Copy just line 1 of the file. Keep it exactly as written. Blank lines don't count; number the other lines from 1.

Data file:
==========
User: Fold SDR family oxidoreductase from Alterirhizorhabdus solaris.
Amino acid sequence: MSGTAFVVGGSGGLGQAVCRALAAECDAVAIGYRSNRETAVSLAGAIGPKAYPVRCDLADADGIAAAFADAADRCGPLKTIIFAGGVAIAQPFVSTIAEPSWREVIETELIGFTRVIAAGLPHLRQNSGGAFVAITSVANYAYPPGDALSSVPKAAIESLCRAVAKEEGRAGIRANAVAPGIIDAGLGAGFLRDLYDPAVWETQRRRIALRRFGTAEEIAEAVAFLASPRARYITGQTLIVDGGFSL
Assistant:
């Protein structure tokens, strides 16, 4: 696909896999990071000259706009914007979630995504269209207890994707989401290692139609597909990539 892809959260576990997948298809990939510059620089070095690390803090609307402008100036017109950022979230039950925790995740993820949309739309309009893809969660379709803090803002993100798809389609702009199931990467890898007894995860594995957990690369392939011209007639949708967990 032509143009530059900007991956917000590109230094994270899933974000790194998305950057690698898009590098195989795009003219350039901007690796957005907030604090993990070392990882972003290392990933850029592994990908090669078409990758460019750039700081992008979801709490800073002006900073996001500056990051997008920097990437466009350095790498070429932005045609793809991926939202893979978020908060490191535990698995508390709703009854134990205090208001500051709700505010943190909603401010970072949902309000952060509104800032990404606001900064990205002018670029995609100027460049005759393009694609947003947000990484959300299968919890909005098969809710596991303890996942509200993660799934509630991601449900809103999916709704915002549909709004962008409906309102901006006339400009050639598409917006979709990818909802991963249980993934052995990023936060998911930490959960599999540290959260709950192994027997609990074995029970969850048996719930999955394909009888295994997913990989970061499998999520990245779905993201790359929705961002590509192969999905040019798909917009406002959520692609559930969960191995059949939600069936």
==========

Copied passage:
User: Fold SDR family oxidoreductase from Alterirhizorhabdus solaris.